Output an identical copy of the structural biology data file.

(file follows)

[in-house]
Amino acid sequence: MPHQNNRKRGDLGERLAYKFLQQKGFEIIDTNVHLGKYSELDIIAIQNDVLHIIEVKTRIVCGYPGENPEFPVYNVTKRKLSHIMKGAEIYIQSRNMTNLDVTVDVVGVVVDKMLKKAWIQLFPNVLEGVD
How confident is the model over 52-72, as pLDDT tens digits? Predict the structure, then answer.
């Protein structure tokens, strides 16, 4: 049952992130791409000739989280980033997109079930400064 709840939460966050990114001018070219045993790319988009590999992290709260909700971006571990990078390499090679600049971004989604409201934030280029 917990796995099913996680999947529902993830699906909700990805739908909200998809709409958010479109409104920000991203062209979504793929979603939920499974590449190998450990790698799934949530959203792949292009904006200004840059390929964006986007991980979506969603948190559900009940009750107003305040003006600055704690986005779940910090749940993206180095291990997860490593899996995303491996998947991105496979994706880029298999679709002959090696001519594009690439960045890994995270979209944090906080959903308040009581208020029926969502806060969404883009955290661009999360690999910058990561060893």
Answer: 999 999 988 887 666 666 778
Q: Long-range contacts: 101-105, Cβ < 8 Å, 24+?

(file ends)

[in-house]
Amino acid sequence: MPHQNNRKRGDLGERLAYKFLQQKGFEIIDTNVHLGKYSELDIIAIQNDVLHIIEVKTRIVCGYPGENPEFPVYNVTKRKLSHIMKGAEIYIQSRNMTNLDVTVDVVGVVVDKMLKKAWIQLFPNVLEGVD
How confident is the model over 52-72, as pLDDT tens digits? Predict the structure, then answer.
């Protein structure tokens, strides 16, 4: 049952992130791409000739989280980033997109079930400064 709840939460966050990114001018070219045993790319988009590999992290709260909700971006571990990078390499090679600049971004989604409201934030280029 917990796995099913996680999947529902993830699906909700990805739908909200998809709409958010479109409104920000991203062209979504793929979603939920499974590449190998450990790698799934949530959203792949292009904006200004840059390929964006986007991980979506969603948190559900009940009750107003305040003006600055704690986005779940910090749940993206180095291990997860490593899996995303491996998947991105496979994706880029298999679709002959090696001519594009690439960045890994995270979209944090906080959903308040009581208020029926969502806060969404883009955290661009999360690999910058990561060893």
Answer: 999 999 988 887 666 666 778
Q: Long-range contacts: 101-105, Cβ < 8 Å, 24+?